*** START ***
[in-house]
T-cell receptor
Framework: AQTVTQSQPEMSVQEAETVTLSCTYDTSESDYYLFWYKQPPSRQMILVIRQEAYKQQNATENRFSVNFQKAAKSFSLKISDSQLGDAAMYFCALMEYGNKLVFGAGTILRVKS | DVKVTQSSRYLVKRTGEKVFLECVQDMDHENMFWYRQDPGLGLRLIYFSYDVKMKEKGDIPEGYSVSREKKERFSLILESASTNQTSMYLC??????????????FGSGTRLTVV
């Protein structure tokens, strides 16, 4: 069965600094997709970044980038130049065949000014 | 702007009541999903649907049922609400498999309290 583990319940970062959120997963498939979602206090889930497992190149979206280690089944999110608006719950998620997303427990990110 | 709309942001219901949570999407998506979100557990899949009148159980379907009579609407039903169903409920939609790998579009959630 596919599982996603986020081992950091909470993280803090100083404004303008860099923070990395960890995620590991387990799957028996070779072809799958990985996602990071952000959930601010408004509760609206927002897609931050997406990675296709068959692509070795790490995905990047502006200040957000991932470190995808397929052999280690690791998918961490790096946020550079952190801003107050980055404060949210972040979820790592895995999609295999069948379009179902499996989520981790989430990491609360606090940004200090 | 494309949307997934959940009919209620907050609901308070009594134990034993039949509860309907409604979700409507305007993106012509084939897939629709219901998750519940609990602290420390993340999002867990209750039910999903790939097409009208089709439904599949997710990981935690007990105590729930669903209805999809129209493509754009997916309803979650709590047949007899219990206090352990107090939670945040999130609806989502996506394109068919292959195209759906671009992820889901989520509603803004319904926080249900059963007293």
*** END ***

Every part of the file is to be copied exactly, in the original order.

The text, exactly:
[in-house]
T-cell receptor
Framework: AQTVTQSQPEMSVQEAETVTLSCTYDTSESDYYLFWYKQPPSRQMILVIRQEAYKQQNATENRFSVNFQKAAKSFSLKISDSQLGDAAMYFCALMEYGNKLVFGAGTILRVKS | DVKVTQSSRYLVKRTGEKVFLECVQDMDHENMFWYRQDPGLGLRLIYFSYDVKMKEKGDIPEGYSVSREKKERFSLILESASTNQTSMYLC??????????????FGSGTRLTVV
């Protein structure tokens, strides 16, 4: 069965600094997709970044980038130049065949000014 | 702007009541999903649907049922609400498999309290 583990319940970062959120997963498939979602206090889930497992190149979206280690089944999110608006719950998620997303427990990110 | 709309942001219901949570999407998506979100557990899949009148159980379907009579609407039903169903409920939609790998579009959630 596919599982996603986020081992950091909470993280803090100083404004303008860099923070990395960890995620590991387990799957028996070779072809799958990985996602990071952000959930601010408004509760609206927002897609931050997406990675296709068959692509070795790490995905990047502006200040957000991932470190995808397929052999280690690791998918961490790096946020550079952190801003107050980055404060949210972040979820790592895995999609295999069948379009179902499996989520981790989430990491609360606090940004200090 | 494309949307997934959940009919209620907050609901308070009594134990034993039949509860309907409604979700409507305007993106012509084939897939629709219901998750519940609990602290420390993340999002867990209750039910999903790939097409009208089709439904599949997710990981935690007990105590729930669903209805999809129209493509754009997916309803979650709590047949007899219990206090352990107090939670945040999130609806989502996506394109068919292959195209759906671009992820889901989520509603803004319904926080249900059963007293």